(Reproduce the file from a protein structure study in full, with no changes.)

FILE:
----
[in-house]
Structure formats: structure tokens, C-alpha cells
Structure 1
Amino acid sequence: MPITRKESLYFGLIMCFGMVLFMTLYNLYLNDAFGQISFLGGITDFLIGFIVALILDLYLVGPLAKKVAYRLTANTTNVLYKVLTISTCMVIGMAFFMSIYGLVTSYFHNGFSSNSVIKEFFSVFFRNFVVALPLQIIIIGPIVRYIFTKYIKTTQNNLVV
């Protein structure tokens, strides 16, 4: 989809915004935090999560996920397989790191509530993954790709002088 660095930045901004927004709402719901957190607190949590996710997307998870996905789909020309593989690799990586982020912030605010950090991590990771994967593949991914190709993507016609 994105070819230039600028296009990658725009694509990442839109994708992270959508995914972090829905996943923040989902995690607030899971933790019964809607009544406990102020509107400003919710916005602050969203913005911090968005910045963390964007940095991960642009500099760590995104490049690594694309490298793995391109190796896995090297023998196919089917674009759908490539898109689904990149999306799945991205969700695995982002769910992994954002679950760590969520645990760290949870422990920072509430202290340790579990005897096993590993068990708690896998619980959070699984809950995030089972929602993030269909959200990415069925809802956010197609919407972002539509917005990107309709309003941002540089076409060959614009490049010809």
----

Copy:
[in-house]
Structure formats: structure tokens, C-alpha cells
Structure 1
Amino acid sequence: MPITRKESLYFGLIMCFGMVLFMTLYNLYLNDAFGQISFLGGITDFLIGFIVALILDLYLVGPLAKKVAYRLTANTTNVLYKVLTISTCMVIGMAFFMSIYGLVTSYFHNGFSSNSVIKEFFSVFFRNFVVALPLQIIIIGPIVRYIFTKYIKTTQNNLVV
């Protein structure tokens, strides 16, 4: 989809915004935090999560996920397989790191509530993954790709002088 660095930045901004927004709402719901957190607190949590996710997307998870996905789909020309593989690799990586982020912030605010950090991590990771994967593949991914190709993507016609 994105070819230039600028296009990658725009694509990442839109994708992270959508995914972090829905996943923040989902995690607030899971933790019964809607009544406990102020509107400003919710916005602050969203913005911090968005910045963390964007940095991960642009500099760590995104490049690594694309490298793995391109190796896995090297023998196919089917674009759908490539898109689904990149999306799945991205969700695995982002769910992994954002679950760590969520645990760290949870422990920072509430202290340790579990005897096993590993068990708690896998619980959070699984809950995030089972929602993030269909959200990415069925809802956010197609919407972002539509917005990107309709309003941002540089076409060959614009490049010809």